ST. PETERSBURG, Fla. — St. Pete leaders met on Thursday to talk about the Rays baseball team and the future of the Tropicana Field site.
This comes on the heels of meetings between the Rays team President Brian Auld and city council members where Auld mentioned that the team team will try to hold up any attempts to develop the field site until the Rays leave the site and the city in 2027.
St. Petersburg leaders have big plans for the 86 acre Tropicana Field site, including adding office space, housing, an entertainment district and possibly even a convention center.
City leaders wanted to start on the project soon, with or without the inclusion of a new baseball stadium. St. Pete mayor Rick Kriseman even went on to say the clock is ticking for the Rays.
— Rick Kriseman (@Kriseman) January 30, 2020
"The city's interest in the land lasts forever. The Ray's interest is for 7 more years. In 2028, the Rays get $0 from any development that occurs on the land and so the clock is ticking but not for us, for the Rays," Kriseman elaborated. He then directed his comments to Stu Sternberg saying, "Ask yourself this: Would you be willing simply to make a point because you were mad at the city, to walk away from millions upon millions of dollars that could be yours for development?"
Thursday's discussions come after Mayor Rick Kriseman officially called off discussions with the Rays in early December about having a split season between St. Petersburg and Montreal. The Rays leaders have made their opinion clear: They believe the only way to keep playing in the Tampa Bay area is with a split season, though they would still want renovations to Tropicana Field.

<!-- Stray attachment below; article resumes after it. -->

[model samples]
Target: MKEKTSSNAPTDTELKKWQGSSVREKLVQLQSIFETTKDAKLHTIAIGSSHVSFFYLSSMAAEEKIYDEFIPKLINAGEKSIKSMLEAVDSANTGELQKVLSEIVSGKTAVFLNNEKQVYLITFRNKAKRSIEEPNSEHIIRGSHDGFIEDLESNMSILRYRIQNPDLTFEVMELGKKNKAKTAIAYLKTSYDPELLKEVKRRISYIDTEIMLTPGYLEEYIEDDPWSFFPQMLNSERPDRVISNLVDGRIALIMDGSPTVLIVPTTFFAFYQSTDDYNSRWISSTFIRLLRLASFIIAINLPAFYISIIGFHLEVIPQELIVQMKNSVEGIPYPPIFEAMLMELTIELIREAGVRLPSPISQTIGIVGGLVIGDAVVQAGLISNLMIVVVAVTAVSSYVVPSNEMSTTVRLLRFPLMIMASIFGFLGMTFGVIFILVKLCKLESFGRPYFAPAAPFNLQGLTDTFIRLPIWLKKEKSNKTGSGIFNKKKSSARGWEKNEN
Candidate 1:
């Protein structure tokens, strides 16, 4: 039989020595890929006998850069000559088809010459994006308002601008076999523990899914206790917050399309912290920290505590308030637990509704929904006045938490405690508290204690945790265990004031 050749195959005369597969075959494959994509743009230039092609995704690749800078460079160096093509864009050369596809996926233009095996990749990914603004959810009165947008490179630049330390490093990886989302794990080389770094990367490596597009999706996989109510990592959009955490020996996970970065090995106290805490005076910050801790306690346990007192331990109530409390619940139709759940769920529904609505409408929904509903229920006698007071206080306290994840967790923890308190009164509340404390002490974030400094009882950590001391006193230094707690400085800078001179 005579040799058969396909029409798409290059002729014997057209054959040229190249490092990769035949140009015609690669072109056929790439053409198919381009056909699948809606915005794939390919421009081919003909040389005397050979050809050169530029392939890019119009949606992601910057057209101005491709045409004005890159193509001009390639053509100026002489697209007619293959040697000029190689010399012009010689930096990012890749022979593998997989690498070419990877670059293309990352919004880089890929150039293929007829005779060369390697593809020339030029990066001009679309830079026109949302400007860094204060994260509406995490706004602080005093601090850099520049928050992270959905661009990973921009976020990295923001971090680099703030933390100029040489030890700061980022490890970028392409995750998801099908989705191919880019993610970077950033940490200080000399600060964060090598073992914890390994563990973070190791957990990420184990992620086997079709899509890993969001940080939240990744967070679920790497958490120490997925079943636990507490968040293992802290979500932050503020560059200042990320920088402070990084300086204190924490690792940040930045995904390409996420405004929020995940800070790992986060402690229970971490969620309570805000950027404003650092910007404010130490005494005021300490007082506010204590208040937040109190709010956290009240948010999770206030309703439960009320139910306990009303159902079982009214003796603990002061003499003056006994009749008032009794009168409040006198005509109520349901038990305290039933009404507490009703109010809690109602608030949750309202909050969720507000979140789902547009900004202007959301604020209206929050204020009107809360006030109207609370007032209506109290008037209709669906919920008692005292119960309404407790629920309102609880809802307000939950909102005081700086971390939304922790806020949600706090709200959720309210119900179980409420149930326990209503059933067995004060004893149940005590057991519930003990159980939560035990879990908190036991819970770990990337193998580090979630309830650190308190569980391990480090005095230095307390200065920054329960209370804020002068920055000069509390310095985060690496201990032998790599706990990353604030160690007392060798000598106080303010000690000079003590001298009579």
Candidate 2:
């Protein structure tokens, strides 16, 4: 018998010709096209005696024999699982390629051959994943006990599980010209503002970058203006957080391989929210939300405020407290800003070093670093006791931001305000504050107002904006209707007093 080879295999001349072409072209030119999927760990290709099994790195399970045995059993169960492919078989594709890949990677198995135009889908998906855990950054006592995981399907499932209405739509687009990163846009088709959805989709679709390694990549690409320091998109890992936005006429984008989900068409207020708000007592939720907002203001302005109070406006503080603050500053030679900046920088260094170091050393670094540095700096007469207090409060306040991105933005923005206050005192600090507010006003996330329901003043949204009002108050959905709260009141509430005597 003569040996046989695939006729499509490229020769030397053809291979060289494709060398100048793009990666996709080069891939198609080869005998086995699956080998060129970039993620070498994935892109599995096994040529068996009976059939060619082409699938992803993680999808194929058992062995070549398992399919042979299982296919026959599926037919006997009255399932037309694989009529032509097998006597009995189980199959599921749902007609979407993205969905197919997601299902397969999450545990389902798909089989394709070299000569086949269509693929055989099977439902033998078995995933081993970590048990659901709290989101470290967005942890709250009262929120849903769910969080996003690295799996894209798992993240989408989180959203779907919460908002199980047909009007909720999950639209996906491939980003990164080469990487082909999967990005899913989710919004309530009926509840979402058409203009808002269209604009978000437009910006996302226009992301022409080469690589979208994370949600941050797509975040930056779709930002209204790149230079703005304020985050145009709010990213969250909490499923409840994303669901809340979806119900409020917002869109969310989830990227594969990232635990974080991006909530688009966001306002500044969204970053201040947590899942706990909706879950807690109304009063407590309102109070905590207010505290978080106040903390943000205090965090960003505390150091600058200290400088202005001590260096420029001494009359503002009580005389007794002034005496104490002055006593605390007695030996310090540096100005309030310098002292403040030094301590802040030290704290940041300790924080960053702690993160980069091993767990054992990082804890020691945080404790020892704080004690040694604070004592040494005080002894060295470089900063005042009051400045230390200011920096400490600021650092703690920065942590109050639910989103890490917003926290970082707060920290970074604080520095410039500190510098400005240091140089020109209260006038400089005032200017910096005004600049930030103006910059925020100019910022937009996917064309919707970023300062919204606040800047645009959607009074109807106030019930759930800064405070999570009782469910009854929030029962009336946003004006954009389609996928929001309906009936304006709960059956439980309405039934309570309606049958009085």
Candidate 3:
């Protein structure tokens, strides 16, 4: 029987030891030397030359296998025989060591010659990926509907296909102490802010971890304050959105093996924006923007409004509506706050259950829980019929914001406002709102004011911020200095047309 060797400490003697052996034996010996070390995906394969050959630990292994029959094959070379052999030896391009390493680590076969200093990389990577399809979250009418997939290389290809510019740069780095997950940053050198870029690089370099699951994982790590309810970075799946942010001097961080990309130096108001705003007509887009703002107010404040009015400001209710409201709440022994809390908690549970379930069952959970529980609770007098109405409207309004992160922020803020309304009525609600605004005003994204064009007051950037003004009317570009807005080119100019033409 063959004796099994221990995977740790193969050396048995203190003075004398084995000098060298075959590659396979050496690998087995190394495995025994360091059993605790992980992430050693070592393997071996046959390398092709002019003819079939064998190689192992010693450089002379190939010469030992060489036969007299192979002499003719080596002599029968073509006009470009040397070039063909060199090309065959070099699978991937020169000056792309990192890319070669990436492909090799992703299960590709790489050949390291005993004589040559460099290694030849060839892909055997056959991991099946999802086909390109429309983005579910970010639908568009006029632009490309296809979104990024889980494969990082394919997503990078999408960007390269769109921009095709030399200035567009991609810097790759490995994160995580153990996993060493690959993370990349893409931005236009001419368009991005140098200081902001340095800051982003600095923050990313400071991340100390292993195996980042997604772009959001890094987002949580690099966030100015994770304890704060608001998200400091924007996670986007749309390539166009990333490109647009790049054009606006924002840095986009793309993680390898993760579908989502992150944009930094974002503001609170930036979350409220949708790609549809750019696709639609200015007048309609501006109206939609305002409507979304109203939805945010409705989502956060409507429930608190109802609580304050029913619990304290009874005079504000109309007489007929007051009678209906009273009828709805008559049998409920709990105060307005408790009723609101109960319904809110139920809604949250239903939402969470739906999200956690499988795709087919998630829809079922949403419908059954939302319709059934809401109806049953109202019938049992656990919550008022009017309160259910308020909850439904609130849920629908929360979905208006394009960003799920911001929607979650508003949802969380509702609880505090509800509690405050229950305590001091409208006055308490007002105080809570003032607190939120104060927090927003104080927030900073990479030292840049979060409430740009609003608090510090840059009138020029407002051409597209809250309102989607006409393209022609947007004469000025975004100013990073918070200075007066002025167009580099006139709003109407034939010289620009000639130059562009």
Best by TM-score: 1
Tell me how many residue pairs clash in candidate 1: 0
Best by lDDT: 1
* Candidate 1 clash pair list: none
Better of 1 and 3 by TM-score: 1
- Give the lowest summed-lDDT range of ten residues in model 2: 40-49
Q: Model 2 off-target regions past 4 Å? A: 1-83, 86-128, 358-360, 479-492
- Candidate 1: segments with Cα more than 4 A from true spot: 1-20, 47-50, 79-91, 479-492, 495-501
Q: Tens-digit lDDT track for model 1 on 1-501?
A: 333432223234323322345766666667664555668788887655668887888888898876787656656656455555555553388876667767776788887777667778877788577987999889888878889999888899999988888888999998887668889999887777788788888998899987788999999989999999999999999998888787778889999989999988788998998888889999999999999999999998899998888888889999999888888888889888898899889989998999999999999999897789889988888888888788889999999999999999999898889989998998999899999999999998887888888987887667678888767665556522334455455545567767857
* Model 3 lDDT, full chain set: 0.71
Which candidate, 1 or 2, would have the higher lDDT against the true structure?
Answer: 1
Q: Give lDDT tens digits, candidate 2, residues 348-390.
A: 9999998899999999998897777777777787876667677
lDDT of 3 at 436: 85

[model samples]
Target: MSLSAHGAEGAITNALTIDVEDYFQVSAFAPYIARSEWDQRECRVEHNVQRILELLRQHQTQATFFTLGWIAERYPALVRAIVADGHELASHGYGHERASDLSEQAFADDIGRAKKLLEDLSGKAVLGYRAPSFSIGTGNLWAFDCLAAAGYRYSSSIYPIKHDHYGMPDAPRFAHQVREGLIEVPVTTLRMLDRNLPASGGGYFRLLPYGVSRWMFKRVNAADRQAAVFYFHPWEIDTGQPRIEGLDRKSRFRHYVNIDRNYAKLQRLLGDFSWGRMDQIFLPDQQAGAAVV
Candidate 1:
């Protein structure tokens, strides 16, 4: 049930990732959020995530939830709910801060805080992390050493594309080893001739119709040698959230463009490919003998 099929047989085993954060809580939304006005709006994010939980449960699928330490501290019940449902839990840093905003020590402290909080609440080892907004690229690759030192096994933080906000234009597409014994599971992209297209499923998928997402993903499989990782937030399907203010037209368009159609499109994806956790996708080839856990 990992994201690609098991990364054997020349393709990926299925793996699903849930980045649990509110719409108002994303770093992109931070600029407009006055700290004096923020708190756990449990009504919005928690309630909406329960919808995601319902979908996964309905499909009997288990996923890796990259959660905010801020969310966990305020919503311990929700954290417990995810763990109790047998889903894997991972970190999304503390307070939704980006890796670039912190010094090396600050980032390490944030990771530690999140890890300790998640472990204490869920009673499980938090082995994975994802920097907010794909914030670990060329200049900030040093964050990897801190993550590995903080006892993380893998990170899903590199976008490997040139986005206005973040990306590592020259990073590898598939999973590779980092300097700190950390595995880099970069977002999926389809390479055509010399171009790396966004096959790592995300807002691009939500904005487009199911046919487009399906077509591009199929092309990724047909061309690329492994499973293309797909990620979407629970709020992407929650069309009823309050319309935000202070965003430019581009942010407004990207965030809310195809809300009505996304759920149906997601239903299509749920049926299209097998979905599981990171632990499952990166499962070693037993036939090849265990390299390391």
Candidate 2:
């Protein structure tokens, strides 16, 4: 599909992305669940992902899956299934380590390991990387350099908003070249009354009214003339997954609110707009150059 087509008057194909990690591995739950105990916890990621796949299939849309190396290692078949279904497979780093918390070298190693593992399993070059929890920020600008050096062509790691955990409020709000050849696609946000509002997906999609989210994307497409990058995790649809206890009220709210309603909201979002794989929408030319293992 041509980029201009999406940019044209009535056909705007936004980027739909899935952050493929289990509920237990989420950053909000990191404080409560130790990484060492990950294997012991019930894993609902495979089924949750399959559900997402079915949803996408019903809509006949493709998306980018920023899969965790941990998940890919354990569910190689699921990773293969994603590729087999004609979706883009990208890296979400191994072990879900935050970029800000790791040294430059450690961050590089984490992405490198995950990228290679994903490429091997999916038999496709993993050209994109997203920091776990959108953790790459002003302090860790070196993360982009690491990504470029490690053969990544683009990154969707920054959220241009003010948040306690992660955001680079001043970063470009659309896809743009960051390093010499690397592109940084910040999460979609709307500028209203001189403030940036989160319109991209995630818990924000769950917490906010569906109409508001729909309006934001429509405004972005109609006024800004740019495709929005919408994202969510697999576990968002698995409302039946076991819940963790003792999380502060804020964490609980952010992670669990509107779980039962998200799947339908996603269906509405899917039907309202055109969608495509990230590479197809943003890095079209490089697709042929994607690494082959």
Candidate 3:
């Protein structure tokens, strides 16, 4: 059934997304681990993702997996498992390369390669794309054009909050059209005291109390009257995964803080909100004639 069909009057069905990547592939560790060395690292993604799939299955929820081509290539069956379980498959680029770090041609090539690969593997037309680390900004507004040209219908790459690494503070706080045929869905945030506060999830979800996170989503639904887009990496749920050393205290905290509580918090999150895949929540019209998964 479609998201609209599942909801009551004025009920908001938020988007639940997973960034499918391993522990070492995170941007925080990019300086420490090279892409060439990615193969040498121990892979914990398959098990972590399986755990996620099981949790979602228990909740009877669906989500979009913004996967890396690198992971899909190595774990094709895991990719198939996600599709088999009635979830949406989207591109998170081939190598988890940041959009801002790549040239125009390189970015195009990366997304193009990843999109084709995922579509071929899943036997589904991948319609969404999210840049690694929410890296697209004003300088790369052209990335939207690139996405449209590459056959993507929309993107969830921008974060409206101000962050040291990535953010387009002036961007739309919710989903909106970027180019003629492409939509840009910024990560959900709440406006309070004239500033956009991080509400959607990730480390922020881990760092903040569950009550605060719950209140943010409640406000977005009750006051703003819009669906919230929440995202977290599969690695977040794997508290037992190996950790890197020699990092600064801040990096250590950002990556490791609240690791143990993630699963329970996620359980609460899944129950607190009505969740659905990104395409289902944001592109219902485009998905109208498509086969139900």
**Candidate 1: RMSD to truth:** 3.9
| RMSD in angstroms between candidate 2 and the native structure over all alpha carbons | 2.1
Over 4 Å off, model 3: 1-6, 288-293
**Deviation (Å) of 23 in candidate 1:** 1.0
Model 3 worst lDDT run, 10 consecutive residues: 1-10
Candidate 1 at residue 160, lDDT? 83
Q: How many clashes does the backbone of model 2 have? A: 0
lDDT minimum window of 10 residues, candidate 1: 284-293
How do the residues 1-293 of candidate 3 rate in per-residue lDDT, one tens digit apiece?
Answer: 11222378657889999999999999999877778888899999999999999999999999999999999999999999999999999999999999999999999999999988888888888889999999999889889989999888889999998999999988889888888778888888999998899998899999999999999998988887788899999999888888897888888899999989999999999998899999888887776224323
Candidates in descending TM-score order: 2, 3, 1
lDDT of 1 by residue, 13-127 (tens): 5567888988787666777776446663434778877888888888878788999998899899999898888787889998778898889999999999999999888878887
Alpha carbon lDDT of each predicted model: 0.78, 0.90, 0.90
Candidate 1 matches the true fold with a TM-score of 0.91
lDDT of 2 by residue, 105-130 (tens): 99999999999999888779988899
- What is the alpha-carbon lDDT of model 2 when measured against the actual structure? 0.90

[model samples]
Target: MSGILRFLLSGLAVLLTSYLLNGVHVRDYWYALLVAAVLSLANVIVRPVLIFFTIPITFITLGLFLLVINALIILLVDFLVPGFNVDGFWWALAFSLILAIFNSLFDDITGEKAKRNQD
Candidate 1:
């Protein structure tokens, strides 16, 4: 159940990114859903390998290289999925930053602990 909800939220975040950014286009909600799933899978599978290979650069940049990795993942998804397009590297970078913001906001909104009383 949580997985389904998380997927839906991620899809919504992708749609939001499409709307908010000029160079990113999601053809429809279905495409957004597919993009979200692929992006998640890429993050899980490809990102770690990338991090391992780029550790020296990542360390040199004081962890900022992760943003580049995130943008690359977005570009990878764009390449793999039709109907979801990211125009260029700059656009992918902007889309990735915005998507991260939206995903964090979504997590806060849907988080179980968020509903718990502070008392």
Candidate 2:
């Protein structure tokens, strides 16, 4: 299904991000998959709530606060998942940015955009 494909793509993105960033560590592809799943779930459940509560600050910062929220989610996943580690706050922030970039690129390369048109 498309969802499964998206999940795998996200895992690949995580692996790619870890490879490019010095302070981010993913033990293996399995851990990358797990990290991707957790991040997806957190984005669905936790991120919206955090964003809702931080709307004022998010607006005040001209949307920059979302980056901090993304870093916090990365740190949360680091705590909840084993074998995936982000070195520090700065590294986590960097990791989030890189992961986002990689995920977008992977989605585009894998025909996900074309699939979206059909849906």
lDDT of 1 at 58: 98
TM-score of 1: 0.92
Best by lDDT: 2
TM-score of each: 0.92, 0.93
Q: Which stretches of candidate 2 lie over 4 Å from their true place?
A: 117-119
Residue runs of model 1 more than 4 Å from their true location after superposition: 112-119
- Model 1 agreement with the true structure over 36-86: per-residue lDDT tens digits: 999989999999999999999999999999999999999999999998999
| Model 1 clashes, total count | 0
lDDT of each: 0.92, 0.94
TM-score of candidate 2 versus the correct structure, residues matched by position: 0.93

The team announced the split season concept in June. By December, Kriseman told members of the media that he officially ended talks with the team over any split-season possibilities.
The agreement in place with the Rays would allow the city and the team to share the proceeds from development on the Tropicana Field site through 2027, but it may also gives the team some say in what happens to the land and when.
Kriseman mentioned in the meeting Thursday that he believes development can move forward on the Trop site, as long as it doesn't interfere with baseball operations or parking. He also said the city would be willing to prove that in court, if need be.
Councilmember Darden Rice expressed her concerns. "A lot of us are worried about what appears to be a stalemate, and a stalemate is not good for the city," she added. "We are really excited about the possibilities for that site and I think the Rays are sincere about being a part of that too. I think we all want to be sure we get back on the same page where we are moving forward."
The Rays also released a statement following the city meeting saying: "Our focus is on the Sister City concept, and we will work with all those who believe it is an idea that merits exploration and consideration."